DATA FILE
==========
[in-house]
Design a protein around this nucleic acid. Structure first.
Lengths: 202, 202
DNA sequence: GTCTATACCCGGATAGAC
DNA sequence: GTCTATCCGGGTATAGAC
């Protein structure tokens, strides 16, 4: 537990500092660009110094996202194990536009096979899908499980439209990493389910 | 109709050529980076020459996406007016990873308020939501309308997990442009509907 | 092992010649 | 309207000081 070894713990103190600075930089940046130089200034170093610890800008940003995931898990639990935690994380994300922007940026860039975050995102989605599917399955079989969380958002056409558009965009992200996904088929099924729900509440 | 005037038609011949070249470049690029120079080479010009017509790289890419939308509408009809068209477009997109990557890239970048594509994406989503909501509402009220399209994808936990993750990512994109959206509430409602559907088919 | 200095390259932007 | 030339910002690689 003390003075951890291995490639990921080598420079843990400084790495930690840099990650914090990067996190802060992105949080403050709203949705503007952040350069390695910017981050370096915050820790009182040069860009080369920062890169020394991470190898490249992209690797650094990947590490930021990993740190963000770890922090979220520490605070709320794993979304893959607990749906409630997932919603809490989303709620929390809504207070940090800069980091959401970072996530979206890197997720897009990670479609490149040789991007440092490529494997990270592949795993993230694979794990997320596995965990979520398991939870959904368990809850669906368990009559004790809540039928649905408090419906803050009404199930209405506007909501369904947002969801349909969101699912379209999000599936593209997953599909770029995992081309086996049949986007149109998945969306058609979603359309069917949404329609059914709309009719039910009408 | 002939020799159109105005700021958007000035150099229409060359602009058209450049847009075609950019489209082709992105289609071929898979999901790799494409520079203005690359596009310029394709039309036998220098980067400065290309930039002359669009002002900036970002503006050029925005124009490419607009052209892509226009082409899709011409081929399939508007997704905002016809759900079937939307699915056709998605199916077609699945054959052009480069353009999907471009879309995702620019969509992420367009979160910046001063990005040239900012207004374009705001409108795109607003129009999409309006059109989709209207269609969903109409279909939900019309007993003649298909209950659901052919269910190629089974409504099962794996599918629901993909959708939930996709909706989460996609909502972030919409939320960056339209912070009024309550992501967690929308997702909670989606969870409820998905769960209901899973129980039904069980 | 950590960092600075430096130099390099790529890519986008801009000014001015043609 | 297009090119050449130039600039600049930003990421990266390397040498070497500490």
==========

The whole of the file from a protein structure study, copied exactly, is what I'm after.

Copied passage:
[in-house]
Design a protein around this nucleic acid. Structure first.
Lengths: 202, 202
DNA sequence: GTCTATACCCGGATAGAC
DNA sequence: GTCTATCCGGGTATAGAC
């Protein structure tokens, strides 16, 4: 537990500092660009110094996202194990536009096979899908499980439209990493389910 | 109709050529980076020459996406007016990873308020939501309308997990442009509907 | 092992010649 | 309207000081 070894713990103190600075930089940046130089200034170093610890800008940003995931898990639990935690994380994300922007940026860039975050995102989605599917399955079989969380958002056409558009965009992200996904088929099924729900509440 | 005037038609011949070249470049690029120079080479010009017509790289890419939308509408009809068209477009997109990557890239970048594509994406989503909501509402009220399209994808936990993750990512994109959206509430409602559907088919 | 200095390259932007 | 030339910002690689 003390003075951890291995490639990921080598420079843990400084790495930690840099990650914090990067996190802060992105949080403050709203949705503007952040350069390695910017981050370096915050820790009182040069860009080369920062890169020394991470190898490249992209690797650094990947590490930021990993740190963000770890922090979220520490605070709320794993979304893959607990749906409630997932919603809490989303709620929390809504207070940090800069980091959401970072996530979206890197997720897009990670479609490149040789991007440092490529494997990270592949795993993230694979794990997320596995965990979520398991939870959904368990809850669906368990009559004790809540039928649905408090419906803050009404199930209405506007909501369904947002969801349909969101699912379209999000599936593209997953599909770029995992081309086996049949986007149109998945969306058609979603359309069917949404329609059914709309009719039910009408 | 002939020799159109105005700021958007000035150099229409060359602009058209450049847009075609950019489209082709992105289609071929898979999901790799494409520079203005690359596009310029394709039309036998220098980067400065290309930039002359669009002002900036970002503006050029925005124009490419607009052209892509226009082409899709011409081929399939508007997704905002016809759900079937939307699915056709998605199916077609699945054959052009480069353009999907471009879309995702620019969509992420367009979160910046001063990005040239900012207004374009705001409108795109607003129009999409309006059109989709209207269609969903109409279909939900019309007993003649298909209950659901052919269910190629089974409504099962794996599918629901993909959708939930996709909706989460996609909502972030919409939320960056339209912070009024309550992501967690929308997702909670989606969870409820998905769960209901899973129980039904069980 | 950590960092600075430096130099390099790529890519986008801009000014001015043609 | 297009090119050449130039600039600049930003990421990266390397040498070497500490």